The Seattle Post-Intelligencer, joined by The Seattle Times and The Wall Street Journal, filed briefs last week asking the judge not to seal the documents, which included a Google document stating it would continue employing Lee for up to a year and defend him in court if Microsoft wrongfully accused him of breaching the noncompete agreement.
Microsoft spokeswoman Stacy Drake said Google’s employment agreement with Lee “underscores the fact that Google was aware that Dr. Lee had a noncompete agreement with us and had the expectation that by hiring him, he could be breaking that agreement.”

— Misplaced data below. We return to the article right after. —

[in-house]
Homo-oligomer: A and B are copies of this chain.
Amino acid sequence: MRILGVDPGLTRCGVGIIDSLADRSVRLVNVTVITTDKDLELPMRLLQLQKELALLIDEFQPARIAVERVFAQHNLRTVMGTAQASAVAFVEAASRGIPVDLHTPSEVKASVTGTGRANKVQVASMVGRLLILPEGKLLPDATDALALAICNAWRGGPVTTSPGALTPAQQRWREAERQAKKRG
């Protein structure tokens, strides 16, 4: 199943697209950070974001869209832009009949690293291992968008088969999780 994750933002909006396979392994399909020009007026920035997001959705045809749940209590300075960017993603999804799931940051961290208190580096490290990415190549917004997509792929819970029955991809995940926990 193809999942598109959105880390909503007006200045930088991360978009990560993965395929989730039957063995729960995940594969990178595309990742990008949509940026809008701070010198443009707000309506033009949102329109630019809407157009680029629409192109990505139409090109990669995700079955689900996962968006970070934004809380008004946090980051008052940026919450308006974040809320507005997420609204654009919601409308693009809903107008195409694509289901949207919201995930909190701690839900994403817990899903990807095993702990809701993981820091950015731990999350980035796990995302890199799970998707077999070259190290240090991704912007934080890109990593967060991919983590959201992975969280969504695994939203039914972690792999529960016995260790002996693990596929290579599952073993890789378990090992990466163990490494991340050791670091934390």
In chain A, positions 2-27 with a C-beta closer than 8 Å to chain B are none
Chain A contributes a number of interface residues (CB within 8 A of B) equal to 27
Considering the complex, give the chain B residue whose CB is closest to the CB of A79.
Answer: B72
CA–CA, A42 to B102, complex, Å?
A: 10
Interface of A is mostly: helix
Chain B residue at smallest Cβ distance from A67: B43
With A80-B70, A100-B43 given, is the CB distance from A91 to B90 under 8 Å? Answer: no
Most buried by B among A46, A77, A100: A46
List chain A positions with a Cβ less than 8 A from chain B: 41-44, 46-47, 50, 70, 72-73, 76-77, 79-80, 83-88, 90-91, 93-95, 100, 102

The article also had this great tidbit:
Other documents released Tuesday were largely blacked out, including notes from a May 2004 meeting Lee had with Microsoft Chairman Bill Gates and other executives. The subject: “Kai-Fu Lee’s thoughts on search.” Microsoft redacted most of the words, except for “Google,” “MSN,” and “Longhorn,” the former code-name for the Windows operating system update the company plans to release next year.